Progression of mitochondrial network failure is characterized by the increase in extent of depolarizing mitochondria. We used a computational model to investigate how depolarization vulnerability across the network is acquired. We found that gradual ROS accumulation and scavenging capacity depletion across the network precedes growth of depolarization vulnerability. Further, communication of oxidative stress via the ROS hydrogen peroxide was necessary for these processes to occur. The time course for the transport of hydrogen peroxide and the resulting accumulation/depletion processes determines the time course for the evolution of mitochondrial failure.
This project explores comparison between reentrant driver (RD)-harboring regions identified by electrocardiographic imaging (ECGI), conducted prior to catheter ablation in persistent atrial fibrillation (PsAF) patients, and via simulations conducted in patient-specific computational models reconstructed from late gadolinium-enhanced magnetic resonance imaging (LGE-MRI) scans. Our discovery of atrial regions in which both ECGI and simulations detected RDs suggests that PsAF is at least partially driven by fibrosis-mediated mechanisms. Simulations also identify "latent" RDs – regions within the fibrotic substrate where an RD could persist, but never manifested during clinical mapping. Conversely, RD-harboring regions identified by ECGI but not in simulations indicate that some clinically mapped AF episodes were perpetuated by mechanisms other than the fibrotic substrate. Our retrospective analysis suggests that substrate-based ablation combining simulations with ECGI could improve outcomes.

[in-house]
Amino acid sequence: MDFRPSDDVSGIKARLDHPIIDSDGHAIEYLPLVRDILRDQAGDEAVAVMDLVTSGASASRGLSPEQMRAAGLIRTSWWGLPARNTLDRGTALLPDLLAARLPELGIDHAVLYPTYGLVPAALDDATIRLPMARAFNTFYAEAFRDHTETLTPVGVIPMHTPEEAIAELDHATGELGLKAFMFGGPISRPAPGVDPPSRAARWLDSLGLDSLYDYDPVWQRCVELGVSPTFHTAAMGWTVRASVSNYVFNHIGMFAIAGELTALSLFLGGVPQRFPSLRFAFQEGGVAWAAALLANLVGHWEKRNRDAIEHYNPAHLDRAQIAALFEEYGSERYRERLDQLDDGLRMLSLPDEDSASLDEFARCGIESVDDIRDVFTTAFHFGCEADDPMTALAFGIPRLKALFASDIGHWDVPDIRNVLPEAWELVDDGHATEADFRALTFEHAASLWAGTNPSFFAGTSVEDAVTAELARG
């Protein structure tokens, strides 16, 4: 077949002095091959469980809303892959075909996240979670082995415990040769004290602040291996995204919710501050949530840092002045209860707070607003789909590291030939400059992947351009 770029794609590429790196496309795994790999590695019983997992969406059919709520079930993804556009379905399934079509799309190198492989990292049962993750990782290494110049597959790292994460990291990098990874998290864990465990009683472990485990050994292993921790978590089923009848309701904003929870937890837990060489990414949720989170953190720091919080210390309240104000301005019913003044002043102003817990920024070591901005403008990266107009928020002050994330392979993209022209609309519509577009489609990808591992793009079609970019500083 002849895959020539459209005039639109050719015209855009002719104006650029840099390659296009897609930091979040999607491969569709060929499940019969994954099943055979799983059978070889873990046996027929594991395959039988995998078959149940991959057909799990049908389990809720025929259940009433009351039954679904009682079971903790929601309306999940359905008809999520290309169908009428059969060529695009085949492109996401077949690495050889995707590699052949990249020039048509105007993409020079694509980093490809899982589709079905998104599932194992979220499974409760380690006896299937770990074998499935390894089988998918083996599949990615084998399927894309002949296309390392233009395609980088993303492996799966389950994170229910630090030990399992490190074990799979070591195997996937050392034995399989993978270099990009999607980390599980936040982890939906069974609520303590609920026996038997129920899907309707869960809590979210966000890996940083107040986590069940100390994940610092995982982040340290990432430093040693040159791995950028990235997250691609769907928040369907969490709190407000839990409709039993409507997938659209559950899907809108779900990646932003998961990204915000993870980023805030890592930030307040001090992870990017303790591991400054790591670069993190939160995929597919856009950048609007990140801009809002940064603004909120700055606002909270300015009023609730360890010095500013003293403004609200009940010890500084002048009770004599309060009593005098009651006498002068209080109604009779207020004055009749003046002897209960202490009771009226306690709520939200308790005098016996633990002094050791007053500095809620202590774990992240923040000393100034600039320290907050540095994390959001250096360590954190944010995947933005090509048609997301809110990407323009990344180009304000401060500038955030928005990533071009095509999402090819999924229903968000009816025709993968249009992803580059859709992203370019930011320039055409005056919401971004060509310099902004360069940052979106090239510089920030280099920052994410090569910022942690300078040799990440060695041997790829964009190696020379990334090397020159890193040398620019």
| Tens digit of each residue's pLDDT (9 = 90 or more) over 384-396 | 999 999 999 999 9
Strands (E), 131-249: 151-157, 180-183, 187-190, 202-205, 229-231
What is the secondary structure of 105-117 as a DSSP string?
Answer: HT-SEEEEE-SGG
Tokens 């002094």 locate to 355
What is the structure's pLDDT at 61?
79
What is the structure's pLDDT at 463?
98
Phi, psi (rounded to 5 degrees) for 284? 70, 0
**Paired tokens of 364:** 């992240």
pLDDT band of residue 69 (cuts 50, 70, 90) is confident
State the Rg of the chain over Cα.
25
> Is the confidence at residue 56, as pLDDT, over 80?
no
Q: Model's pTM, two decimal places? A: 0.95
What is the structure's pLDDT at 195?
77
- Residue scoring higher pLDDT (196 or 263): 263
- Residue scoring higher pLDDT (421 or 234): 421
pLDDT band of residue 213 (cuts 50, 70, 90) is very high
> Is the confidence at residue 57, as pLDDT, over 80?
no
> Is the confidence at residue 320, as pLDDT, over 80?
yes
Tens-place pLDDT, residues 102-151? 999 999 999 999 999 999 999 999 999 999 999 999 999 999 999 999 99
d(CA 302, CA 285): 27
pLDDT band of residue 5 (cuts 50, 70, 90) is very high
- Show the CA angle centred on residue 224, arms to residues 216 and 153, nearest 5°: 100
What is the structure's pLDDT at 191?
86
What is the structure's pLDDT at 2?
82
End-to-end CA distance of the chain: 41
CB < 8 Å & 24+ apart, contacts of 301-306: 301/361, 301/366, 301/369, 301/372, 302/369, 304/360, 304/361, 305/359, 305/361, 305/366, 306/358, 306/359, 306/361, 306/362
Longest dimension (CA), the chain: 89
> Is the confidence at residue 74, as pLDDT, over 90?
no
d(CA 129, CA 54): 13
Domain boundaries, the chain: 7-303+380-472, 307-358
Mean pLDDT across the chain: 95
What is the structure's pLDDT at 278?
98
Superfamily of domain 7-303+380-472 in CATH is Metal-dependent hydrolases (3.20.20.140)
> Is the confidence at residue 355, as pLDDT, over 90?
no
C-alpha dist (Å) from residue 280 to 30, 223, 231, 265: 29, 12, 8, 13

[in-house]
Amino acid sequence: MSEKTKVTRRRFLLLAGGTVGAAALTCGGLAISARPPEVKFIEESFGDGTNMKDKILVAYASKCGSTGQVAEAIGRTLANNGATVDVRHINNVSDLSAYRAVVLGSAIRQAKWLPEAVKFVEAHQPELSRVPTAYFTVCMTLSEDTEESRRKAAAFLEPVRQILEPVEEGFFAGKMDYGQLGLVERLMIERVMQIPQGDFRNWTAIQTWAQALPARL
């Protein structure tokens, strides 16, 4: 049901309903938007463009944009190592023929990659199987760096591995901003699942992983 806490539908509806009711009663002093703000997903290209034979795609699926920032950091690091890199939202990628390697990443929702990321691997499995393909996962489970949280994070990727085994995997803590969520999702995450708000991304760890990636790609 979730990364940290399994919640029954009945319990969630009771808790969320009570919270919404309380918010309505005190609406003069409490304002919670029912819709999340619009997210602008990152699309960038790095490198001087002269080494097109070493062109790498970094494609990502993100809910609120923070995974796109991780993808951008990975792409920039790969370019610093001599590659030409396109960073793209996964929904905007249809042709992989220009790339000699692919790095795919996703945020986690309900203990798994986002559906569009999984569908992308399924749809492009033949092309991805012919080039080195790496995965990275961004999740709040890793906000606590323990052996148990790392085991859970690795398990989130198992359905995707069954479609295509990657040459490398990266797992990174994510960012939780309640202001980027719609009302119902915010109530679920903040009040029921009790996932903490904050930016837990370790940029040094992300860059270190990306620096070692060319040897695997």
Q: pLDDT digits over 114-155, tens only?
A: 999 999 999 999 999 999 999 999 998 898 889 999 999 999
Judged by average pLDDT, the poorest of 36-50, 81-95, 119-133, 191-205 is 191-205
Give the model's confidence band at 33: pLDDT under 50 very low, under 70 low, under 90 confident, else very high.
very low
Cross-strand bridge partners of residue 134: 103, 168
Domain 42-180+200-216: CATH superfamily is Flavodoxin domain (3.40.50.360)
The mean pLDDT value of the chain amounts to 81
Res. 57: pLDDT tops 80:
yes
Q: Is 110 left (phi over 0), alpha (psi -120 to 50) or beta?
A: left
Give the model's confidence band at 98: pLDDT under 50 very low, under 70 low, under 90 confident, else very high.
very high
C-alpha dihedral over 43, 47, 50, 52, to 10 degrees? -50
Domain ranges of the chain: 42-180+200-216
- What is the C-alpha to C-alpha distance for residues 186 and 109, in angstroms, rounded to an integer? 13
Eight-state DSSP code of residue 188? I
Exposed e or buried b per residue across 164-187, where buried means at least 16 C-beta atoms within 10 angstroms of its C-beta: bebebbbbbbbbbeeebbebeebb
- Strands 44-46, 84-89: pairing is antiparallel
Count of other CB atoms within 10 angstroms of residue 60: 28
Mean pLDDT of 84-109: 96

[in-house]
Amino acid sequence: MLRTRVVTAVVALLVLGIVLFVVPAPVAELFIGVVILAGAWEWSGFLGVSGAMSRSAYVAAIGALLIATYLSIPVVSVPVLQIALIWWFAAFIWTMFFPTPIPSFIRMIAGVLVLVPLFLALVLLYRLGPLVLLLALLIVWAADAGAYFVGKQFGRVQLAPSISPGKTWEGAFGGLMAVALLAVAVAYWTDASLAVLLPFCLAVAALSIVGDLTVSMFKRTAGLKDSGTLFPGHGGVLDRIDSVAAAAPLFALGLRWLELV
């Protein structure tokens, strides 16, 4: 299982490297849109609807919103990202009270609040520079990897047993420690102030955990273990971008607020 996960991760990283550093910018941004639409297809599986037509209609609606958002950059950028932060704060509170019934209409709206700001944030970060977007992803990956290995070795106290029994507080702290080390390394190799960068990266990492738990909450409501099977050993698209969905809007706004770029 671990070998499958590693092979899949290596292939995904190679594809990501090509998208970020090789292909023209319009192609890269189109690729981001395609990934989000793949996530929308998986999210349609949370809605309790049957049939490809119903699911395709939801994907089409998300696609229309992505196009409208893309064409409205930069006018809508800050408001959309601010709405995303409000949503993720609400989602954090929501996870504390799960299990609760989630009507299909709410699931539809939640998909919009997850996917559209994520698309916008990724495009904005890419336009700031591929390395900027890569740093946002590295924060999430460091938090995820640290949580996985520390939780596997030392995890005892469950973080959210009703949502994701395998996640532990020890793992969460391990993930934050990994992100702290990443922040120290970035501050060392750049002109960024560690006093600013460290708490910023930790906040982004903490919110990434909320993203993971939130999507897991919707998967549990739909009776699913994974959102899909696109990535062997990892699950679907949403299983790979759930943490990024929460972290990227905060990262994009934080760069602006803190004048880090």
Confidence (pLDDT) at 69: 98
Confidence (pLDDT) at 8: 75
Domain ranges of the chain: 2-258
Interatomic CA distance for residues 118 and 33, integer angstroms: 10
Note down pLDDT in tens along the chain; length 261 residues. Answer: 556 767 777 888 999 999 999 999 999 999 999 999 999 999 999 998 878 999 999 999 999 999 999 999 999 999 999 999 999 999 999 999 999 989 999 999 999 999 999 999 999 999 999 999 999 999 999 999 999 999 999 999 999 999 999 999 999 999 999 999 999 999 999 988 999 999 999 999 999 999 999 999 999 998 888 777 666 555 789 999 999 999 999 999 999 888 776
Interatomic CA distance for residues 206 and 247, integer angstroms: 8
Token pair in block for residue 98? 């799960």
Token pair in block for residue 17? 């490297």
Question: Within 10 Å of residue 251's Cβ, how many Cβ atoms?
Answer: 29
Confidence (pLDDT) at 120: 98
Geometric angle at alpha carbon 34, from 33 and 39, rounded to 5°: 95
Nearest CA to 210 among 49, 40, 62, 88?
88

Biophysical simulation of a whole human heart has been driving the forefront of mathematical modeling and computing technology. We are developing electromechanical heart models individualized to image scans of individual patients. Such heart models incorporate structural, mechanical and electrophysiological remodeling effects associated with myocardial infarction from the molecular level up to the organ level. Our goal is to use this novel computational model to elucidate how myocardial infarction influences dyssynchronous heart failure, and thereby to help doctors improve the efficacy of the current clinical treatment approach, cardiac resynchronization therapy (CRT), which is not effective for 30% of heart failure patients who receive the CRT.
Personalized heart models were generated from patients' contrast enhanced MRI scans by extrapolating ventricular geometry over the ICD artifact region; the latter was assumed to not contain infarcted tissue while outside the artifact, tissues were classified as normal, scar, and gray zone based on pixel intensity (Fig line 1). Application of Virtual-heart Arrhythmia Prediction (VARP) protocol from 26 sites induced in silico VT, and VT analysis predicted optimal ablation targets (Fig line 2). These targets coincided with the clinical ablation lesions but were smaller. Personalized ventricular models could accurately predict non-invasively the optimal VT ablation sites where scar was not obscured by ICD artifact, and thus might be used to guide clinical ablation.